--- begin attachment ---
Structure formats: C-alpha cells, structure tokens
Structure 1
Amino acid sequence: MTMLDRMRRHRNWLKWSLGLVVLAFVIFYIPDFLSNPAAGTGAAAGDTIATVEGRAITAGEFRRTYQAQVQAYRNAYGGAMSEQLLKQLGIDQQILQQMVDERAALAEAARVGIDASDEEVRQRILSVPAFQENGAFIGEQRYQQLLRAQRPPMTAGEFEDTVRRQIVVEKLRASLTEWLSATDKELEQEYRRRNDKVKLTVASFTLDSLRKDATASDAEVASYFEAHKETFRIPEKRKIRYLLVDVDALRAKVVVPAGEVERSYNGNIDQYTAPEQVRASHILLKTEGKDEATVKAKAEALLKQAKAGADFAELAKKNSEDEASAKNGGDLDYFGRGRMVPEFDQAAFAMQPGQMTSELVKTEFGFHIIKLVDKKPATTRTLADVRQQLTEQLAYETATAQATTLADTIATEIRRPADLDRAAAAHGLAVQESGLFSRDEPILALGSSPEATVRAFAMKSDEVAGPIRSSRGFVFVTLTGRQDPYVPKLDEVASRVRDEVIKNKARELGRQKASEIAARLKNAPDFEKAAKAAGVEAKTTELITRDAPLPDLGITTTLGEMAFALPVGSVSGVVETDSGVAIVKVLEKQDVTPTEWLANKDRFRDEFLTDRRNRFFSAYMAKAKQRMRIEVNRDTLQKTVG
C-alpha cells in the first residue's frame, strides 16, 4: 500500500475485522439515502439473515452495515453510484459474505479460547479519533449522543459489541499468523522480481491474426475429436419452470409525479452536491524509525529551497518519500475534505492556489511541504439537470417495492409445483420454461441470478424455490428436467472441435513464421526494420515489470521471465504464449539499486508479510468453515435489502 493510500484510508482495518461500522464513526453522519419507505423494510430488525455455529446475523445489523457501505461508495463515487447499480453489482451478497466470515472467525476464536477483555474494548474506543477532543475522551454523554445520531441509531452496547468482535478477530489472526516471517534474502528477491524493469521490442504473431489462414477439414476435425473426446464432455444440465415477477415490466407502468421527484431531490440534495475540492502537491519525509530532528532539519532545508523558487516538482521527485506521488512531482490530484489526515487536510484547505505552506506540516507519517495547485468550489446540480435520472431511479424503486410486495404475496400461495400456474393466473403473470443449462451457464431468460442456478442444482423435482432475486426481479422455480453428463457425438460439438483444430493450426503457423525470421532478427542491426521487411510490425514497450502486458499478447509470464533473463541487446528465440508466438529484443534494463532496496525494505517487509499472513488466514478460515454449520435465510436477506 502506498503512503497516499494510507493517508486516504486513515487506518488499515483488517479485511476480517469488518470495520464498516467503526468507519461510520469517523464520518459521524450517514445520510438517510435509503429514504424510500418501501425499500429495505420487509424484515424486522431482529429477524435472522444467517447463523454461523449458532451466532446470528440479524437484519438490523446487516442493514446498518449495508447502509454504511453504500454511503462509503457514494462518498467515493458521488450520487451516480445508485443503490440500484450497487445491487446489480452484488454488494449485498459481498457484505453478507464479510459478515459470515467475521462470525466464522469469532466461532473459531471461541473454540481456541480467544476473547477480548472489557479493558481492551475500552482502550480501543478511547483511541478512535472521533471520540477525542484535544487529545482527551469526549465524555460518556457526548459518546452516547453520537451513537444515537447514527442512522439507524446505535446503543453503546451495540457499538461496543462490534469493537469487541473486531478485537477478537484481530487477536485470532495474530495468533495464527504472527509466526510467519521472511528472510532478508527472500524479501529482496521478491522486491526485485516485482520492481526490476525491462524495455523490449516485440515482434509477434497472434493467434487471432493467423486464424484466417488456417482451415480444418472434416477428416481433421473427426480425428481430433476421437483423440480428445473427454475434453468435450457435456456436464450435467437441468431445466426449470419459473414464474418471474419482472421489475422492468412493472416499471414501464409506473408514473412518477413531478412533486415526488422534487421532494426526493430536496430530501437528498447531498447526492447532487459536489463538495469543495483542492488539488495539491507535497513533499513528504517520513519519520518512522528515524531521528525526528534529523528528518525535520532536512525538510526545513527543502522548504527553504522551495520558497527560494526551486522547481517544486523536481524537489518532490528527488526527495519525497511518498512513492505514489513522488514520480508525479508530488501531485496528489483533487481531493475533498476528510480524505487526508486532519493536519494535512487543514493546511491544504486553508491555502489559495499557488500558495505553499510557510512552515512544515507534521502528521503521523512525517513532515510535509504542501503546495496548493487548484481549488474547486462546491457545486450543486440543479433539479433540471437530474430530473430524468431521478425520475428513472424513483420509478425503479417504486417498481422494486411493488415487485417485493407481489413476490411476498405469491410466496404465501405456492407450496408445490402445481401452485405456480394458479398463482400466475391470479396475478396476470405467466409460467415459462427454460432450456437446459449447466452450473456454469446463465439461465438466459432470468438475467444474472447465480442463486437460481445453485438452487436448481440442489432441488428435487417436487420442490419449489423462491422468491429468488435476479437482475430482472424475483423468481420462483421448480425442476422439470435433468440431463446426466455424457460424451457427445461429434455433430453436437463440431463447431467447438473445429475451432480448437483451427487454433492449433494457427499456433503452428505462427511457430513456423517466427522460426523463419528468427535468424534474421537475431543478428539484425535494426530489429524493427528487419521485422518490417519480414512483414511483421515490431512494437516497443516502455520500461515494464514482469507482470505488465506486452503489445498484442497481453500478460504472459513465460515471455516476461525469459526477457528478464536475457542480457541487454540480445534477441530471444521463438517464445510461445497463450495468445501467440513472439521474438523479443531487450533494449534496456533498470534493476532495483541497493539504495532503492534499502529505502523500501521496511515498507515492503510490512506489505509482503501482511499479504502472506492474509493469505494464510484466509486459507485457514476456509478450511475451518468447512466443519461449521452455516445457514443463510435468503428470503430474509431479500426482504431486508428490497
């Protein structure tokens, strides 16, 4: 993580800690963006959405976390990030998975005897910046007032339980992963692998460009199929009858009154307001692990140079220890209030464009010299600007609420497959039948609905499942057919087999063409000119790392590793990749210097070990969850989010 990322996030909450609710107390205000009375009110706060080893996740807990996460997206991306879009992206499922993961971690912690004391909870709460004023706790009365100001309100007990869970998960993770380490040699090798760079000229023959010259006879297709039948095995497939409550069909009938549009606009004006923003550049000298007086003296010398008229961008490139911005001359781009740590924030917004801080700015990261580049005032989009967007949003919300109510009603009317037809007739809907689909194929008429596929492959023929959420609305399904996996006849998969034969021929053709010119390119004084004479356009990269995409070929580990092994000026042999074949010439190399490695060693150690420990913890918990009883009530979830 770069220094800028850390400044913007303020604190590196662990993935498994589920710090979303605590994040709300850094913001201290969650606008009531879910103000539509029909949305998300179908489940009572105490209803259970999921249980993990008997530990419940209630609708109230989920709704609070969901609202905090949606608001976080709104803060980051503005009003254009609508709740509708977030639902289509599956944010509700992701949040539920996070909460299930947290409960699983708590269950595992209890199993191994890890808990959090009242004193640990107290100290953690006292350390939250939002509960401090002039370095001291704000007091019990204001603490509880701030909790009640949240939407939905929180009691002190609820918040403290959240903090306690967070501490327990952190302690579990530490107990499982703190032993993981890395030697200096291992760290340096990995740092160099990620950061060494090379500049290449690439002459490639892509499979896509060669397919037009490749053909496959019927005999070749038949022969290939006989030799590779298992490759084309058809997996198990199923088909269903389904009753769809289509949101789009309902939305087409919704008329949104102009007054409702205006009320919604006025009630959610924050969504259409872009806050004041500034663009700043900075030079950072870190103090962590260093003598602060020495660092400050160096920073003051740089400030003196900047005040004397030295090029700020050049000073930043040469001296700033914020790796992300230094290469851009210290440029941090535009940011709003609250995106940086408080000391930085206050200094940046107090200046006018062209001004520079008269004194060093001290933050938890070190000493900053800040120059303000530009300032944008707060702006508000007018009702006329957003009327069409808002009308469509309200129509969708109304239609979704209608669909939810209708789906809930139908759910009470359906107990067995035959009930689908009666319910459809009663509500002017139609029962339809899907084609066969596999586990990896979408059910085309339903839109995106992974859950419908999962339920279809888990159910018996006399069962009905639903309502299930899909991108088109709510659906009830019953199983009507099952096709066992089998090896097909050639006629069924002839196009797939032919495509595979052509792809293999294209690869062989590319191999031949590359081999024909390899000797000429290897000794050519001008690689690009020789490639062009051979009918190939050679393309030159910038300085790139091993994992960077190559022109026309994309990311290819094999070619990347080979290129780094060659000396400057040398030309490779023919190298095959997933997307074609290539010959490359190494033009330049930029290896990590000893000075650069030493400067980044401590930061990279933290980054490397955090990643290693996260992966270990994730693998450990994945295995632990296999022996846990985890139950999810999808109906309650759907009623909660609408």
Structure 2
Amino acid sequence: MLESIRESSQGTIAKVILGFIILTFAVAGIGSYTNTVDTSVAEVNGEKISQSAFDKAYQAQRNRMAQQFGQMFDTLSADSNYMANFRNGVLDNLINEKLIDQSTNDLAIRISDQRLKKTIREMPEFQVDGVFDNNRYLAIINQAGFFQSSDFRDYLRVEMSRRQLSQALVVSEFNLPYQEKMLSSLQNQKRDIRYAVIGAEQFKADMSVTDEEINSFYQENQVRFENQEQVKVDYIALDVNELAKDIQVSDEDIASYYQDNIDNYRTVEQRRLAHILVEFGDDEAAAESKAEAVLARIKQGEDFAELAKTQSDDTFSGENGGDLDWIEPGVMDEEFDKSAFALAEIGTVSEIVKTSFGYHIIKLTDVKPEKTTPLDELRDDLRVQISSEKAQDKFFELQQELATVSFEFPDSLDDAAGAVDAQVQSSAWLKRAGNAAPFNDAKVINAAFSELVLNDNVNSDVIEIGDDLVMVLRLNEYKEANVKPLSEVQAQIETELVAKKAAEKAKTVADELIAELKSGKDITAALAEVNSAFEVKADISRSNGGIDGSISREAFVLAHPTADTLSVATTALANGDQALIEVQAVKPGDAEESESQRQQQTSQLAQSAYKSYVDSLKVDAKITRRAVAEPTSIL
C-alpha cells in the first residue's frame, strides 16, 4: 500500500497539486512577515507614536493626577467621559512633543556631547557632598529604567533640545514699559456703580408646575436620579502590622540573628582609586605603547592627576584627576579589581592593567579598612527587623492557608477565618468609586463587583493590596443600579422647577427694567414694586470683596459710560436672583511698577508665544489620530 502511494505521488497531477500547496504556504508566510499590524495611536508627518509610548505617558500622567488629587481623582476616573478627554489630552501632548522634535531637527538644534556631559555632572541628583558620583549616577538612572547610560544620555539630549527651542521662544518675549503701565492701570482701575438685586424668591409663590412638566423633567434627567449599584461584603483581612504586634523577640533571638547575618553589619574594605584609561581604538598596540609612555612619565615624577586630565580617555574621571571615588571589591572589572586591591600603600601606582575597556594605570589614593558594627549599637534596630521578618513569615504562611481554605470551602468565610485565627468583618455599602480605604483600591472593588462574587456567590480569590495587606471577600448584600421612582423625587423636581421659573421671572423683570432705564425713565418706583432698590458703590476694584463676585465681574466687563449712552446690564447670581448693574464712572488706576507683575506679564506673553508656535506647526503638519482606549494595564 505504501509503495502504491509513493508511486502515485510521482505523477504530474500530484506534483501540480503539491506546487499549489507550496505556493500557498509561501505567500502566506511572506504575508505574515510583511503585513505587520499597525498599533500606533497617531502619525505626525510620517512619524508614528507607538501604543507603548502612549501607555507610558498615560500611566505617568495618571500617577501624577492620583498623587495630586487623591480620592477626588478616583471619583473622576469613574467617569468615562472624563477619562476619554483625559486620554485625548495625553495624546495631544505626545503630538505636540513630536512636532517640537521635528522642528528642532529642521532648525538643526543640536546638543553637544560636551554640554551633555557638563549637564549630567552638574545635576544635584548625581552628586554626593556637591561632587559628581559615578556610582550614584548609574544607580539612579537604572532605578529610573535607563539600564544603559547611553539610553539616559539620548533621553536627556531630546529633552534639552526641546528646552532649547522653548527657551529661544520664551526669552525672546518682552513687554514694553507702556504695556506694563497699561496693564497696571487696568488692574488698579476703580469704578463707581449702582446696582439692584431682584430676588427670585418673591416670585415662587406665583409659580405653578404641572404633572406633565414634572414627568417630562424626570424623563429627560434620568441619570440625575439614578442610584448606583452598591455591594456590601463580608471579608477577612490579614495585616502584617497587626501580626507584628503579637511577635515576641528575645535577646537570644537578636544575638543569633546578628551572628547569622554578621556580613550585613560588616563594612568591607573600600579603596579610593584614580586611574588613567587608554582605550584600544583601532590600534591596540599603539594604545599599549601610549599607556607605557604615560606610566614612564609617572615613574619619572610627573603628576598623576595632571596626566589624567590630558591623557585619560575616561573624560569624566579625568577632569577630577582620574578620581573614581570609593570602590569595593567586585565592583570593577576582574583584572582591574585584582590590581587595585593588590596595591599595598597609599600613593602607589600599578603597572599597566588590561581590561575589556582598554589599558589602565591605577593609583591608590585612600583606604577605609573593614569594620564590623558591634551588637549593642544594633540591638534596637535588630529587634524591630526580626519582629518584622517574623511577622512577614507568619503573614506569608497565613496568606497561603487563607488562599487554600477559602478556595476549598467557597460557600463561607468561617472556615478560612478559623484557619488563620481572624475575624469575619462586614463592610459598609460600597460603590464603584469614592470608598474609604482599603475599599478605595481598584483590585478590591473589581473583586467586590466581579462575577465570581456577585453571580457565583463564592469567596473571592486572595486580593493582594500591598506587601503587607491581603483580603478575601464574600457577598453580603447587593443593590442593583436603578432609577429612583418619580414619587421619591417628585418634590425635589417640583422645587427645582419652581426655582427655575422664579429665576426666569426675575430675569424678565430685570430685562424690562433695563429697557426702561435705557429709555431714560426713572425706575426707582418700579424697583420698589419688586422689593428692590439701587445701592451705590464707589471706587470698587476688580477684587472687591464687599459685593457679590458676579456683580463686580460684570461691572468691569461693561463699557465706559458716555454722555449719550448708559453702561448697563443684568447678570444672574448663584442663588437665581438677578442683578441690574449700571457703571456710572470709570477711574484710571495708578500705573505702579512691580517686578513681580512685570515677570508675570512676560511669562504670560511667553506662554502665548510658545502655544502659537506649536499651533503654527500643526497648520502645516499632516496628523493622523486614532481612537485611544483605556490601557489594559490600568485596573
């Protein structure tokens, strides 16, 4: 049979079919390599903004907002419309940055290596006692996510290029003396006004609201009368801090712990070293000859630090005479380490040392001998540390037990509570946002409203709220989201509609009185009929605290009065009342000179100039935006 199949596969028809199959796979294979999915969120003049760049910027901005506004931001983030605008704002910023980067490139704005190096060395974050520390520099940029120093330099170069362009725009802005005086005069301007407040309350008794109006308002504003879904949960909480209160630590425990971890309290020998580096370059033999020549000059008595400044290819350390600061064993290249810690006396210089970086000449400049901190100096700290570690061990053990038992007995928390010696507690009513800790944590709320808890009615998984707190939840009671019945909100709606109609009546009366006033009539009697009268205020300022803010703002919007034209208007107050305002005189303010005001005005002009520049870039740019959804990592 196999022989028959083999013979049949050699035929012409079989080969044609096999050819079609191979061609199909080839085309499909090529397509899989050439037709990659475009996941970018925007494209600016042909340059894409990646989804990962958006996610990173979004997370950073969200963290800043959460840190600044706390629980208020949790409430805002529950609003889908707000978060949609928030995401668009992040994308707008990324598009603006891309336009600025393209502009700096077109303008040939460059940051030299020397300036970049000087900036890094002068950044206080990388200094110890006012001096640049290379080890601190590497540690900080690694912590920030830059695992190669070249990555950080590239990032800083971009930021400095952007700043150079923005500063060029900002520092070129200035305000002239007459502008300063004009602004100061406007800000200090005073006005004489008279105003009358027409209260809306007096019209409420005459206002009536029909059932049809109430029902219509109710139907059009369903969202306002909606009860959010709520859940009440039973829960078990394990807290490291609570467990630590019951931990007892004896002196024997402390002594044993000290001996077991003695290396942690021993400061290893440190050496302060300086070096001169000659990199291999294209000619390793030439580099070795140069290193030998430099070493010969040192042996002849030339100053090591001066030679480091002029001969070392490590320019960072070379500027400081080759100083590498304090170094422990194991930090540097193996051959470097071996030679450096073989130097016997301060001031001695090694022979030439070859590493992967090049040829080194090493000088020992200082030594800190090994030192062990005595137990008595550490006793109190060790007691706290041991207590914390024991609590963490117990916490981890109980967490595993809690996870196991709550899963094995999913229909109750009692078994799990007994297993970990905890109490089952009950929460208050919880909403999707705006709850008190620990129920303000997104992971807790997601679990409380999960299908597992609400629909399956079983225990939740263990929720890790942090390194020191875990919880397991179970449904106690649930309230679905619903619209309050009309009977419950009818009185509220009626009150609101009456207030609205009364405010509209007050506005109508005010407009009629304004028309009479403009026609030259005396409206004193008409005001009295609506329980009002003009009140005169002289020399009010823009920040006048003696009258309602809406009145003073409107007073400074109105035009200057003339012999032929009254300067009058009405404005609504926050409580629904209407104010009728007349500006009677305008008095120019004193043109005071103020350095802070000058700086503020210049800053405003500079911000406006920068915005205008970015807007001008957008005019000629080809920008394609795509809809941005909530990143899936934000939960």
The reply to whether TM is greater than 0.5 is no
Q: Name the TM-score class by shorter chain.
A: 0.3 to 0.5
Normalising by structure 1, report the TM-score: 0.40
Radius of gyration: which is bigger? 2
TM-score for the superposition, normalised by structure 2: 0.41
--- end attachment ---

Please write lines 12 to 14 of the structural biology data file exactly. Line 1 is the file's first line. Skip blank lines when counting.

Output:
A: 0.3 to 0.5
Normalising by structure 1, report the TM-score: 0.40
Radius of gyration: which is bigger? 2